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Rare Black Leopard Caught On Camera In South Africa

Jake Massey

| Last updated 

Rare Black Leopard Caught On Camera In South Africa

A rare sighting of what is believed to be a black leopard has been caught on camera in South Africa.

The footage was captured by a member of the public on their way to work on 24 February in the Gauteng Province and was shared with the Wild Heart Wildlife Foundation.

The foundation posted the video on its Facebook page and explained just how elusive the species tends to be.


It said: "It's the stuff that urban legends and folklore get built around. A phantom, an illusion, a shadow so rare that most people believe they don't actually exist.

"Fewer than 35 sightings of wild black leopards have ever been scientifically documented in South Africa in over half a century; and clear pictures or video evidence are virtually non-existent - most people having spotted these elusive phantoms crossing a road or disappearing into the bush without the chance to take a picture."

The leopard - which is also referred to as a black panther - derives its dark coat from melanism, the opposite of albinism. While albinism causes whiteness due to a lack of pigmentation, the genetic variation melanism results in an excess of dark pigmentation.

This doesn't mean the big cats are totally black though, as they have typical markings hidden within their glossy, sooty coats.

The video offers an extremely rare glimpse of the evasive animal. Credit: Wild Heart Wildlife Foundation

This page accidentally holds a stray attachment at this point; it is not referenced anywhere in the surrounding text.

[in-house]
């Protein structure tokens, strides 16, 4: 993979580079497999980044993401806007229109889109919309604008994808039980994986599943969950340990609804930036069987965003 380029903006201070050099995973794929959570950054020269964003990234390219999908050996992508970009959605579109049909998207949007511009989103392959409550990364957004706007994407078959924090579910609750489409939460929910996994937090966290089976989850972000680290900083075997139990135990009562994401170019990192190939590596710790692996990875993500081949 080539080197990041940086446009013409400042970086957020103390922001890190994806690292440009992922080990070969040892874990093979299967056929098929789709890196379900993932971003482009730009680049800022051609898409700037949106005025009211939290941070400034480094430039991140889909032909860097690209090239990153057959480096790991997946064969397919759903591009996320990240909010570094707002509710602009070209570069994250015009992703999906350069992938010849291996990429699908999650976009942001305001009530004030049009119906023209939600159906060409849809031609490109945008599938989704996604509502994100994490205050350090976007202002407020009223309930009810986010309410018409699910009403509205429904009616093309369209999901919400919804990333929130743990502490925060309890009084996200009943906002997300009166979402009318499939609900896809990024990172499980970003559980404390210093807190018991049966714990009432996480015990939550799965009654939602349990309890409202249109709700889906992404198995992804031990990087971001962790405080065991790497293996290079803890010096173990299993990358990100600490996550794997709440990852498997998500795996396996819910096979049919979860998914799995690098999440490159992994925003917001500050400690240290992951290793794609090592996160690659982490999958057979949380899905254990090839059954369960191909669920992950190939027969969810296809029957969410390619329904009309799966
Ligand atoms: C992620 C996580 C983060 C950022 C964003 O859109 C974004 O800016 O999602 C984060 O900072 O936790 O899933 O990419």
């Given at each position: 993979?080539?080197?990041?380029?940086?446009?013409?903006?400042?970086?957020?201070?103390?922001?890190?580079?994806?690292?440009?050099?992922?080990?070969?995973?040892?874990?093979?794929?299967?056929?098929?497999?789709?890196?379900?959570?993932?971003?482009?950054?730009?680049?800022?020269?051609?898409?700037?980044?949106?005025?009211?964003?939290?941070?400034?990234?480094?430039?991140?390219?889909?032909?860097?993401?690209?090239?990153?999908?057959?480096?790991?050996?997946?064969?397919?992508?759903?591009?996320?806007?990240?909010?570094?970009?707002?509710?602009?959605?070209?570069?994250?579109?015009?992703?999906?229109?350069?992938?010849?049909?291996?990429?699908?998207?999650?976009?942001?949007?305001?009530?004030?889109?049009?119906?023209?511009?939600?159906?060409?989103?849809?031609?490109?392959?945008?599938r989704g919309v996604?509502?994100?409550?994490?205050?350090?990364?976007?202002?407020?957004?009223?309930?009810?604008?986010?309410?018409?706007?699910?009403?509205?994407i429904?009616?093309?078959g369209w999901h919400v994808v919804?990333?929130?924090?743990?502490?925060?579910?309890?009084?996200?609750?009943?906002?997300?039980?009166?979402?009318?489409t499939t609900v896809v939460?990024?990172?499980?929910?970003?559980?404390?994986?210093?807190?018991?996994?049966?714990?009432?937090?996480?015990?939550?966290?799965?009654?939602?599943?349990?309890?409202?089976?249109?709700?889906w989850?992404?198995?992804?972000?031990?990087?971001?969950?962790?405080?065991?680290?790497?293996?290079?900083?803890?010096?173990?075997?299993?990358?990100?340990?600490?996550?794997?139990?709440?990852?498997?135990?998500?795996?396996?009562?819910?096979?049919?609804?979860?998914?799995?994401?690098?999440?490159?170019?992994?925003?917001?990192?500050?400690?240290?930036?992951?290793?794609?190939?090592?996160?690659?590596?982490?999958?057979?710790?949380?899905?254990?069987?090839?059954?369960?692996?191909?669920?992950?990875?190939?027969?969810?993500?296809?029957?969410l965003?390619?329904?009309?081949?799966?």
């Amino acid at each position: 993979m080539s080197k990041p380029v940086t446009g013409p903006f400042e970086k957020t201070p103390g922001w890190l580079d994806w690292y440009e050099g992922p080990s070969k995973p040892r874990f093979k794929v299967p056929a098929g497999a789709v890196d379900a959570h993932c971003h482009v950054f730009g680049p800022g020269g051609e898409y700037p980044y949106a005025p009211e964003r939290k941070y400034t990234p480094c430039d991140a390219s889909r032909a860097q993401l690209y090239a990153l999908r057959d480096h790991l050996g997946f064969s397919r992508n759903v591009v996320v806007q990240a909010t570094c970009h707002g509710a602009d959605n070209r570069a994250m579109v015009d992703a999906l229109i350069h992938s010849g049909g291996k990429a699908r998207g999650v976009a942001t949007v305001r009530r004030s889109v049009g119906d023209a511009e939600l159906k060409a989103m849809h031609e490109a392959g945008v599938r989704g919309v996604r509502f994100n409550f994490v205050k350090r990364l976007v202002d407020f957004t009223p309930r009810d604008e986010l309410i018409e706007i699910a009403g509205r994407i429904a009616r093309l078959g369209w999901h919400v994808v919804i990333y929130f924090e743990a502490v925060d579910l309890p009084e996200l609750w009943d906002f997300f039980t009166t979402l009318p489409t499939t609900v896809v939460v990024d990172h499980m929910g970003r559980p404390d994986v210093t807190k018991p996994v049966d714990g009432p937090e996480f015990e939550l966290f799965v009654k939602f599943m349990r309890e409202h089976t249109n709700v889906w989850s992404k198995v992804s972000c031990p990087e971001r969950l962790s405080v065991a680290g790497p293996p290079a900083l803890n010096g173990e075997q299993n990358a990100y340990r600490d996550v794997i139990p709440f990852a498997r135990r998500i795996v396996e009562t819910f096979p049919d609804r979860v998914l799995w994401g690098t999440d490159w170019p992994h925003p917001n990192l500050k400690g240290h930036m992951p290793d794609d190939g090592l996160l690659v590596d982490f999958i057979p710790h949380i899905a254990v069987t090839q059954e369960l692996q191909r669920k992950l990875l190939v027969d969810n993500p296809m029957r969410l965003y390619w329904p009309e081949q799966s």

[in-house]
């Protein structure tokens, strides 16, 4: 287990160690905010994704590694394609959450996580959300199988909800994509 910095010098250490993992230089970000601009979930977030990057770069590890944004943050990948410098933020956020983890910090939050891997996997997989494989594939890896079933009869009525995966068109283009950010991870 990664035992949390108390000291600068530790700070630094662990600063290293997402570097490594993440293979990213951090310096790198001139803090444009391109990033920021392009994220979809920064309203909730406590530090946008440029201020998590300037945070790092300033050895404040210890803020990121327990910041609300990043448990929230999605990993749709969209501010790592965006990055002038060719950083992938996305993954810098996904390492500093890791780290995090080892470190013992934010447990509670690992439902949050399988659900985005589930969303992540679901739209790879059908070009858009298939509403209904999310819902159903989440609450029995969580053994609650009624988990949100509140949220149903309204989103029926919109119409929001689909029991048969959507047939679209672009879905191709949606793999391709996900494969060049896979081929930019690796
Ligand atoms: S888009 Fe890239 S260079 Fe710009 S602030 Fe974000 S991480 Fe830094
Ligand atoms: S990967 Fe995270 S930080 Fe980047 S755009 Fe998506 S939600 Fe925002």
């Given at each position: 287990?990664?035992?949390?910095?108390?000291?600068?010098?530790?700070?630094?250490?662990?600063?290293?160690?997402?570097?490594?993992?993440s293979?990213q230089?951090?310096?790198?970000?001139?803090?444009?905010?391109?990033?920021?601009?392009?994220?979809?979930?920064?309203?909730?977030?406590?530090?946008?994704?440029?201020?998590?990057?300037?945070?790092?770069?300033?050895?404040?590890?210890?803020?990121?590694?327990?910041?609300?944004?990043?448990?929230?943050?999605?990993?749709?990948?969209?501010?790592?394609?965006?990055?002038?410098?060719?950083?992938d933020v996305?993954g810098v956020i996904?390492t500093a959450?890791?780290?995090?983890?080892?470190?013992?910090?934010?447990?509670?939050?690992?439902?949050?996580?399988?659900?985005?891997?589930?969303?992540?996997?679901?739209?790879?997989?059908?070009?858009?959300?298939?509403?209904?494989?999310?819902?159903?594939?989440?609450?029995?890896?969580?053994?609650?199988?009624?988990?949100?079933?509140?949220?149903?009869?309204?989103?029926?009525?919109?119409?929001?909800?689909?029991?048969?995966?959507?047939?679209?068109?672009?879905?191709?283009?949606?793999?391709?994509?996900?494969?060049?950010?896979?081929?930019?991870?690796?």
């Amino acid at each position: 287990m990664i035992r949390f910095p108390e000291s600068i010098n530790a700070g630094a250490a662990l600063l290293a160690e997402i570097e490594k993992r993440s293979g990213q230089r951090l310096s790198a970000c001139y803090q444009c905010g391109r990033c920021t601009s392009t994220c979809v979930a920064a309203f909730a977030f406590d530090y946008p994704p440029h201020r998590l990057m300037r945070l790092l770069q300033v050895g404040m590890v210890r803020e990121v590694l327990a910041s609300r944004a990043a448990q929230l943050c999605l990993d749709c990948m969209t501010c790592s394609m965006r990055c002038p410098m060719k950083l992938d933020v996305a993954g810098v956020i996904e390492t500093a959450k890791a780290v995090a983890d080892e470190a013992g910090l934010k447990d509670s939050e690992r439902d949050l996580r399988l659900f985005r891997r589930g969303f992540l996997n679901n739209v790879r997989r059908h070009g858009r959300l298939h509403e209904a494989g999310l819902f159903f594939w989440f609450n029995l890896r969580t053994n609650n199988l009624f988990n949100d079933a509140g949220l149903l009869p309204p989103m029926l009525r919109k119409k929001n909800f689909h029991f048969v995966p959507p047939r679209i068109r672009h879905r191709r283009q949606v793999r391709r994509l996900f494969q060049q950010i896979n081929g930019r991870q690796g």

The video offers an extremely rare glimpse of the evasive animal. Credit: Wild Heart Wildlife Foundation

Since the footage was taken, the Wild Heart Wildlife Foundation has been keeping an eye out for the creature with a view to potentially collaring it and relocating it to a less heavily populated location - the specifics of which haven't been released in order to protect the species.

As of 3 March, the cat hadn't been seen - which is a good thing, according to the foundation.

It said: "After almost a week of monitoring the area with camera traps, there has been no sighting or pictures of the animal.


"We are hopeful that if it was indeed a leopard, it has returned to a less populated area in the wild. We did however need to attempt to verify it for the sake of the animal's safety.

"No sighting since, is a positive outcome."

Last year, a British photographer captured stunning photographs of a wild black leopard prowling through Laikipia Wilderness Camp in the plains of Kenya.

Will Burrard-Lucas used a camera trap and strategically-placed wireless motion sensors to capture the historic pics, which are well worth a look if you're now obsessed with the mysterious cats.

Featured Image Credit: Wild Heart Wildlife Foundation

Topics: World News, south africa, Animals, Cats

Jake Massey
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